Such being the determination of God to punish the unclean and the covetous, the apostle says, "Be ye not therefore partakers with them." That is, be not their associates in these sins, which of necessity would expose you to the penalty threatened against them.
This is enforced by a reference to their conversion from a previous state of sin and misery to one of holiness and blessedness. For ye were sometime darkness. As light stands for knowledge, and as knowledge, in the scriptural sense of the word, produces holiness, and holiness happiness; so darkness stands for ignorance, such ignorance as inevitably produces sin, and sin misery. Therefore, the expression, "ye were darkness," means ye were ignorant, polluted, and wretched. But now ye are light in the Lord, i.e. in virtue of union with the Lord, ye are enlightened, sanctified, and blessed. Walk as children of the light, i.e. as the children of holiness and truth. "Children of light," means enlightened; as ‘children of famine,' means the ‘famished;' see Ephesians 2:2. The exhortation is that they should walk in a way consistent with their character as men illuminated and sanctified by their union with the Lord Jesus.
For the fruit of light, ‹17› i.e. the fruit or effect of divine illumination is in all, i.e. consists in all the forms of goodness, righteousness, and truth. Goodness, ἀγαθωσύνῃ, is that which makes a man ἀγαθός, good; and righteousncss, δικαιοσύνῃ is that which makes a man δίκαιος, righteous. These Greek words differ very much as the corresponding English terms do. Goodness is benevolence and beneficence; righteousness is adherence to the rule of right. Yet both are used for moral excellence in general. The evil and the good, included all classes of the vicious and the virtuous. Good works are works of any kind which are morally excellent. When however the words are contrasted as in Romans 5:7 or distinguished as in Romans 7:12, good means benevolent or beneficent; and righteous, just or upright. Goodness is that quality which adapts a thing to the end for which it was designed, and renders it serviceable. Hence we speak of a good tree, of good soil, as well as of a good man. Righteousness can properly be predicated only of persons or of what is susceptible of moral character; as it means conformity to law; or if predicated of the law itself, it means conformity to the nature of God, the ultimate standard of rectitude. Truth, here means religious or moral truth, or religion itself. The fruits of light, therefore, are all the forms of piety and virtue.
Ephesians 5:9 is a parenthesis, as the 10th verse is grammatically connected with the 8th. "Walk as children of the light, proving, etc.," περιπατεῖτε — δοκιμάζοντες. δοκιμάζειν is to try, to put to the test, to examine; then to judge or estimate; and then to approve. Thus it is said, "The fire shall try every man's work"; God is said "To try the heart"; we are said "To be renewed so as to prove the will of God," Romans 12:2; that is, to examine and determine what the will of God is. And so in this passage believers are required to walk as children of light, examining and determining what is acceptable to the Lord. They are to regulate their conduct by a regard to what is well pleasing to Him. That is the ultimate standard of judging whether anything is right or wrong, worthy or unworthy of those who have been enlightened from above.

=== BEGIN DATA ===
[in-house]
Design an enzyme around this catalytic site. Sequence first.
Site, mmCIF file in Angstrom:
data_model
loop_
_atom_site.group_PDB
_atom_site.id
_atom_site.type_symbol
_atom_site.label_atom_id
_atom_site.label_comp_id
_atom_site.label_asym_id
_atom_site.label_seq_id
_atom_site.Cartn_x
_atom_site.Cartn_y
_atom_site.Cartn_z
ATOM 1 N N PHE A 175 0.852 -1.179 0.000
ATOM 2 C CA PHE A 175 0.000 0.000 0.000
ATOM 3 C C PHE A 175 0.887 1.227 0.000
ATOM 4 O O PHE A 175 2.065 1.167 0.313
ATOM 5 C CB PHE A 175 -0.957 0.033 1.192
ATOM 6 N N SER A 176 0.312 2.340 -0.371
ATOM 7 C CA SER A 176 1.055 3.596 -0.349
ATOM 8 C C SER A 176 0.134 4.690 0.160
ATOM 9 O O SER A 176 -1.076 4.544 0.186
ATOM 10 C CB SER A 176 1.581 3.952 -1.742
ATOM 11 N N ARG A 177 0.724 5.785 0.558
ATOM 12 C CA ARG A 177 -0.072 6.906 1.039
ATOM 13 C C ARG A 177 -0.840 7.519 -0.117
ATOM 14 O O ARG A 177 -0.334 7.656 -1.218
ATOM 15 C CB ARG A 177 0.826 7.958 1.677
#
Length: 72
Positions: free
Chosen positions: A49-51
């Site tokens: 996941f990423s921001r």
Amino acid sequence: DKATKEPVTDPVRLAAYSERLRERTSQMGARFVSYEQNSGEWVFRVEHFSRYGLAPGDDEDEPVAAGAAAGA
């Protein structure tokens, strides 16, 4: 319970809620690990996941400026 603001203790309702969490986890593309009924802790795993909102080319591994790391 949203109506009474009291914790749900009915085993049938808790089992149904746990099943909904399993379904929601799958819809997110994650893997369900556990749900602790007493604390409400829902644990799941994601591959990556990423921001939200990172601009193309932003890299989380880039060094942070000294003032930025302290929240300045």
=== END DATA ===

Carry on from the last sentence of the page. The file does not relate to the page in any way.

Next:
The word Lord is in the New Testament so predominantly used to designate the Lord Jesus Christ, that is always to be referred to him unless the context forbids it. Here the context so far from forbidding, requires such reference. For in the former part of the sentence Lord evidently designates Christ. "Ye are light in the Lord, therefore, walk as children of the light, proving what is acceptable to the Lord." This, therefore, is one of the numerous passages in the New Testament, in which Christ is recognized as the Lord of the conscience, whose will is to us the ultimate standard of right and wrong, and to whom thus that the sacred writers show that Christ was their God, in whose presence they constantly lived, whose favor they constantly sought, and on whom all their religious affections terminated. He was not merely the God of their theology, but of their religion.
The apostle having in the previous verse insisted on the duty of Christians of so walking as to show by their works that they were the subjects of divine illumination, adds here a statement of their duty in reference to the sins of those still in darkness. Those sins he calls "the unfruitful works of darkness." By unfruitful is meant not merely barren or worthless, but positively evil. For in a moral subject the negation of good is evil. Works of darkness are those works which spring from darkness, i.e. from ignorance of God; as "works of light" are those works which light or divine knowledge produces.